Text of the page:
The Product class displayed in Figure 1 encapsulates the Products table, and exposes its columns as .NET properties. Because it's marked with the Serializable attribute, the Product class can be used as a lightweight data container, and can be sent through the .NET Remoting transport mechanism between client and server.

 

[Serializable]

public class Product

{

  // Member variables.

  ...

 

  // Constructors.

  public Product()

  {

    _supplier = new DictionaryItem();

    _category = new DictionaryItem();

  }

 

  // Properties.

  public int ProductID { get {...} set {...} }

  public string ProductName { get {...} set {...} }

  public DictionaryItem Supplier { get {...} set {...} }

  public DictionaryItem Category { get {...} set {...} }

  public string QuantityPerUnit  { get {...} set {...} }

  public decimal UnitPrice { get {...} set {...} }

  public int UnitsInStock { get {...} set {...} }

  public int UnitsOnOrder { get {...} set {...} }

  public int ReorderLevel { get {...} set {...} }

  public bool Discontinued { get {...} set {...} }

}

Figure 1: The Product class encapsulates the Products table in the Northwind database and serves as a serializable transport container.

 

The ProductSearchCriteria class (see Figure 2) serves as the container for users' search criteria - in this case the product ID and the product name. In addition, it contains one helper method (ToWhereClause) that converts the search criteria into the WHERE clause that will be used in the SQL statement that executes the search of the Products table. This logic could just as easily go into the Web service, but I chose to put it here.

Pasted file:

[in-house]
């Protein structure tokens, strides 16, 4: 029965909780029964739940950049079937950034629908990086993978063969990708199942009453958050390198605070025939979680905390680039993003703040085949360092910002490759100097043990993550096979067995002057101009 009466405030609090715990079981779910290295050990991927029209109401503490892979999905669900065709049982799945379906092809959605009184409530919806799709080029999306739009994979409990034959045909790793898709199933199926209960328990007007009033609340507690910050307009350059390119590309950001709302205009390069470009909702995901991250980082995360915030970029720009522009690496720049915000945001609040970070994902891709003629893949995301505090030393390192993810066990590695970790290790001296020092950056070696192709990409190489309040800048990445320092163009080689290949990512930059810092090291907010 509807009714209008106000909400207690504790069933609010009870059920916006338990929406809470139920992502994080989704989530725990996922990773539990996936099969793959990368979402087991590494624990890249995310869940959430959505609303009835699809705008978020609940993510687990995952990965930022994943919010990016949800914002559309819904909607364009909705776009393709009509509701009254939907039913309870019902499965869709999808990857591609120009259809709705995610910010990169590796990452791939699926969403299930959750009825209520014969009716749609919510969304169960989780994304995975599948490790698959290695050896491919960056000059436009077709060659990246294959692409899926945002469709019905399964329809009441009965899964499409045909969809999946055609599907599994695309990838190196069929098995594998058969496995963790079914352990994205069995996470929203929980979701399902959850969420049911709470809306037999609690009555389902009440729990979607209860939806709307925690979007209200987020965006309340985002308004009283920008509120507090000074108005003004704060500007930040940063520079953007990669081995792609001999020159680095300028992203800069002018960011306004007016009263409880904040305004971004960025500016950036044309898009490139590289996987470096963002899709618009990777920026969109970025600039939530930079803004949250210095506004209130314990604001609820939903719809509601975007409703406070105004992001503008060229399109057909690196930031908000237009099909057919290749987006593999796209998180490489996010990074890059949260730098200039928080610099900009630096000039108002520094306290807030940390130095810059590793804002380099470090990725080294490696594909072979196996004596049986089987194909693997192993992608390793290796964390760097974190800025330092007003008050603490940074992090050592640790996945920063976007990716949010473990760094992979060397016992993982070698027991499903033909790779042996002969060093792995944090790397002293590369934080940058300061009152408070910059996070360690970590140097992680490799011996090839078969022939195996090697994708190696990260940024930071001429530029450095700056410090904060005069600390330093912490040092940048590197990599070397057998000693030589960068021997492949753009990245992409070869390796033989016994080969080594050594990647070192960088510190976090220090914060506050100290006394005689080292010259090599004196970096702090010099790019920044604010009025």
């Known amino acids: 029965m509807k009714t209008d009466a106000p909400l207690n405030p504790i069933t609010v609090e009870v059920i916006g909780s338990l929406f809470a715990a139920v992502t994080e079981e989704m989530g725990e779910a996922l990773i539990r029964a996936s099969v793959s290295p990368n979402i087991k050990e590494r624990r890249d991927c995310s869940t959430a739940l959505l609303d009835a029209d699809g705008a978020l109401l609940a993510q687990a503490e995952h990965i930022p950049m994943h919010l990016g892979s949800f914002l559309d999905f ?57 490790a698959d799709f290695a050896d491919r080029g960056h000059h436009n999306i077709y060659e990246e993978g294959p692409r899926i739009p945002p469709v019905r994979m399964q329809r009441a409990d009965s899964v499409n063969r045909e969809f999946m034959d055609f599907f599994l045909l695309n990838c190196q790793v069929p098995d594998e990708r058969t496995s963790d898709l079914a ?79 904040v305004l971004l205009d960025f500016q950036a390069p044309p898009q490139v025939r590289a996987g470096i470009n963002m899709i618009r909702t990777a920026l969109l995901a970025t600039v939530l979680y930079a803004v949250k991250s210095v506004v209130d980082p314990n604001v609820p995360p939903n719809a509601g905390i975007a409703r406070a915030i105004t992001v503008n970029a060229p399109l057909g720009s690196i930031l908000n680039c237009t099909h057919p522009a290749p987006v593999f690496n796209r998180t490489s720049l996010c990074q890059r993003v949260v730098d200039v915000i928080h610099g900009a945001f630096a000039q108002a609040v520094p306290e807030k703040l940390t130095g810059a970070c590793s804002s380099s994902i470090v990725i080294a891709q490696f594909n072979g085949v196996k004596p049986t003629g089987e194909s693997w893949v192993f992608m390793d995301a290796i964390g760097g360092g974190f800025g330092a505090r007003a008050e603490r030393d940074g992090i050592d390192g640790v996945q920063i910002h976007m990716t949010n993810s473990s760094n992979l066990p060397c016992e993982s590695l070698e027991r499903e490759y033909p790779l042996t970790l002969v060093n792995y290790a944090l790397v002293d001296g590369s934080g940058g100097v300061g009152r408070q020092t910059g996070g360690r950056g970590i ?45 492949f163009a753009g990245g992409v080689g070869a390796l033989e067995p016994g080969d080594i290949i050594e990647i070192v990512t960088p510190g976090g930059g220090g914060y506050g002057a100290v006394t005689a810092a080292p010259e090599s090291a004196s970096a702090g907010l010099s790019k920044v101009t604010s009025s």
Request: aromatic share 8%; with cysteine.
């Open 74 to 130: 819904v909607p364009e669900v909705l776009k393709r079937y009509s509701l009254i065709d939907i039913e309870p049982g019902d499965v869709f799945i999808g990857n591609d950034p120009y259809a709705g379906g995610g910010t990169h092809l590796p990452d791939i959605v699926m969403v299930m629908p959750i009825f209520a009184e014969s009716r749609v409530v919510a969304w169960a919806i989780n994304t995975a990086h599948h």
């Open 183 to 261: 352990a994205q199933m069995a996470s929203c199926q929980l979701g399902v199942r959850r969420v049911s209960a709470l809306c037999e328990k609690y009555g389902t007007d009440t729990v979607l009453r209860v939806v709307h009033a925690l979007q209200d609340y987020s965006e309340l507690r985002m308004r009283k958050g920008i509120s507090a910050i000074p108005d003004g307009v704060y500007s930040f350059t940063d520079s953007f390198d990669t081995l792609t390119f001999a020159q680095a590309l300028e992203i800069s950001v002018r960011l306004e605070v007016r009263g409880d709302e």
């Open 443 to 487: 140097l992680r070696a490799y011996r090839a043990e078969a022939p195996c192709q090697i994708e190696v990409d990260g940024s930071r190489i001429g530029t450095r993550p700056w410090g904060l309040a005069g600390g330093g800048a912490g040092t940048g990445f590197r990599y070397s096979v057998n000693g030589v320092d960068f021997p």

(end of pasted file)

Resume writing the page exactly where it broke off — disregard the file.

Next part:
[Serializable]

public class ProductSearchCriteria

{

  // Member variables.

  ...

 

  // Constructors.

  public ProductSearchCriteria() {}

 

  // Properties.

  public int ProductID { get {...} set {...} }

  public string ProductName { get {...} set {...} }

 

  // Public methods.

  public string ToWhereClause()

  {

    StringBuilder stringBuilder = new StringBuilder();

 

    if (_productID > 0)

      stringBuilder.Append(" (Products.ProductID = " +

        _productID.ToString() + ") ");

    else if (_productName.Trim() != string.Empty)

      stringBuilder.Append(" (Products.ProductName LIKE '" +

        _productName + "%') ");

   

    if (stringBuilder.Length > 0)

      stringBuilder.Insert(0, "WHERE ");

     

    return stringBuilder.ToString();

  }

}

Figure 2: The ProductSearchCriteria class contains the fields that a user can use to search the Products table.